An embattled North Bergen Housing Authority employee’s salary doubled in just 16 months, according to information obtained through an Open Public Records Act request.Â
By John Heinis/HUdson County View
Geoff Santini, the security director at the NBHA, was hired on June 30th, 2015 at a salary of $40,000, according to records obtained through the OPRA request.
On December 29th, 2015, Santini received a $10,000 raise, and then by October 8th, 2016, his annual salary had been increased to $79,000, records show. He also receives paid health benefits from the federally funded agency.
A source, who spoke under the condition of anonymity since they were not authorized to speak on the matter, said that NBHA Executive Director Gerald Sanzari has the ability to approve employee raises on his own, but those matters typically go in front of the NBHA board.
The source could not confirm if Santini’s raises went through the executive director or the board.
Hudson County View requested the records on March 2nd, just two days after the NBC New York I-Team reported Santini had an extremely low-show $81,386 job, allegedly he went to work for just three hours during a regular work week where he was being surveilled by the news team.
In a follow-up report, the TV station indicated that Santini had been placed on paid leaveÂ as part of an independent investigation conducted by attorney Mark Tabakin, of the high-powered Parsippany law firm Weiner Law Group.
Additionally, the black Chevrolet Tahoe highlighted in the NBC reports was not listed in the OPRA response as being a part of Santini’s compensation from the NBHA.
According to reports filed with the New Jersey Election Law Enforcement Commission (NJELEC), Tabakin has contributed $39,500 to North Bergen Democrats, as well as state Senator (D-32)/Mayor Nick Sacco’s legislative running mates, since 2009.
Then, according to Santini’s job description, also obtained through the OPRA request, said his responsibilities at the NBHA are voluminous, listing dozens of different tasks he is supposed to oversee.
They include scheduling and managing a staff of 18 security guards, reviewing surveillance recordings, reviewing and submitting bi-weekly payroll for security guards – as well as their sick and vacation time – and even conducting fraud investigations of public housing and housing choice voucher backgrounds.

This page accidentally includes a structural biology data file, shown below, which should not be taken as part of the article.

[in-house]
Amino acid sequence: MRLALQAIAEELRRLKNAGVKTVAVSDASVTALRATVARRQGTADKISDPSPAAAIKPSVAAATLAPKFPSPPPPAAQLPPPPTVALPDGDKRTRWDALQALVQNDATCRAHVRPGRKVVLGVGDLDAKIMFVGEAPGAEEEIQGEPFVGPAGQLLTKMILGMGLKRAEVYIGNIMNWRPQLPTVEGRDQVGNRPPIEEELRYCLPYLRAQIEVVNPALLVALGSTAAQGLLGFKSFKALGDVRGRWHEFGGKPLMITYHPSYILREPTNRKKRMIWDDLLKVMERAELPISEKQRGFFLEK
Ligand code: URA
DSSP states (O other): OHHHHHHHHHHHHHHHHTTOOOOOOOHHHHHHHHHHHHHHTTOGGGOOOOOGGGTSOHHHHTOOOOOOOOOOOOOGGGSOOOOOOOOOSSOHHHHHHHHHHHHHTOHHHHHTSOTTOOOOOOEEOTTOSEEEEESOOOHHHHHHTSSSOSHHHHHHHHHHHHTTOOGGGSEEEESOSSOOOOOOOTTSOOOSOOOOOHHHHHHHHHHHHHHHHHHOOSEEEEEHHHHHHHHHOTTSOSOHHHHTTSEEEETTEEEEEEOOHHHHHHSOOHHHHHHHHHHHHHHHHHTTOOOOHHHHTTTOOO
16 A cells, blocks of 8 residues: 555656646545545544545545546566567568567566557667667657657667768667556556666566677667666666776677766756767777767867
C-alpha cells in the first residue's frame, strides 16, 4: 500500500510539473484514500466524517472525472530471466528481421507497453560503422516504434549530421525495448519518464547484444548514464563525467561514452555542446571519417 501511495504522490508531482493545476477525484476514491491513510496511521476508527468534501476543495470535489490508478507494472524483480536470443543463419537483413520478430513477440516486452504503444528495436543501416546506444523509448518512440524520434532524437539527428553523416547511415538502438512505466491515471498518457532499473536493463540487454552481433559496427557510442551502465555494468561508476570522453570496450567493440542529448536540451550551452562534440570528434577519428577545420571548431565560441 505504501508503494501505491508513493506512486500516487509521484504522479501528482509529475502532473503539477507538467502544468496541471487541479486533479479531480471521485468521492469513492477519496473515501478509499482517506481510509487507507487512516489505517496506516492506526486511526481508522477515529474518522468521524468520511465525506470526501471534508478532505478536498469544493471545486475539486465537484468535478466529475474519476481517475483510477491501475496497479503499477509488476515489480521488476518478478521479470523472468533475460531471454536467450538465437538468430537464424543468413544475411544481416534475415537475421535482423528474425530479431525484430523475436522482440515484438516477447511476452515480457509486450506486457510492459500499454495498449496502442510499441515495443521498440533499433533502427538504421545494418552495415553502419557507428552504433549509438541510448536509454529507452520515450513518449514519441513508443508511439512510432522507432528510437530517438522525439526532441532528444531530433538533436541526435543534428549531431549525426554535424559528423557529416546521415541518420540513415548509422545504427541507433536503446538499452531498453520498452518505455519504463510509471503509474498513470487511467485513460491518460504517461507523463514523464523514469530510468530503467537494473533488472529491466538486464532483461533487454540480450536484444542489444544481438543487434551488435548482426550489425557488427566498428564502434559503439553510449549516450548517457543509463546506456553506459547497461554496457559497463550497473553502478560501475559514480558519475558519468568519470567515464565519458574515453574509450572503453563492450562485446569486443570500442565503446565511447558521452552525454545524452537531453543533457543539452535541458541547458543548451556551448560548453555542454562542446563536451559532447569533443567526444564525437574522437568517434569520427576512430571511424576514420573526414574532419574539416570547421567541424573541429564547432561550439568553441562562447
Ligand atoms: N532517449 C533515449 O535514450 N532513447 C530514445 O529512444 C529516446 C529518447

With the internal probe ongoing, Santini, who has at least six animal control business contracts in Hudson County through his company – the New Jersey Animal Control and Rescue – is beginning to face increased scrutiny in this field.
At last week’s Garfield City Council meeting, the governing body moved to rescind Santini’s $46,000 animal control contract. The contract had only been awarded about four months prior (h/t The Record).
Meanwhile, in Bayonne, the council extended NJACR’s $87,500 contract, which was awarded on December 2015 despite some residents expressing concerns, by 30 days at last week’s meeting and appear poised to terminate the agreement next month.
Even more recently, West New York, the town where NJACR’s animal shelter operates, put out a request for proposals for animal control services at their board of commissioners meeting on Thursday.
Phil Swibinski, a spokesman for both the Township of North Bergen and the NBHA, said in an email that “the township is waiting for the housing authority’s investigation to conclude before making any decisions on Santini’s animal control contract.”
He declined to comment on any of the specifics of Santini’s employment at the NBHA, citing the ongoing investigation.
When HCV asked Irene Borngraeber, the executive director of the Jersey-City based non-profit animal shelter Liberty Humane Society, if she planned on contracting with Bayonne, who they previously provided services to, or West New York, she responded:
“We would welcome a discussion with any municipality looking to make the switch to a responsive, progressive animal service provider.”
SantiniÂ isn’t the first NBHA security directorÂ that has come under fire in recent memory.
Back in February 2011, Justin Italo, then the head of NBHA security, was fired after posting photos on his MySpace page holding a gun, endorsing drunk driving, as The Jersey Journal Â reported.
The newspaper also indicated that Italo made $30,000 annually at the time he was fired.
While our OPRA request also sought employment/termination information on Italo, the response from Tabakin said that there were “no responsive records relative to” the former employee.
Tom Wall, an Edgewater attorney representing Santini, could not be reached at his office on Monday.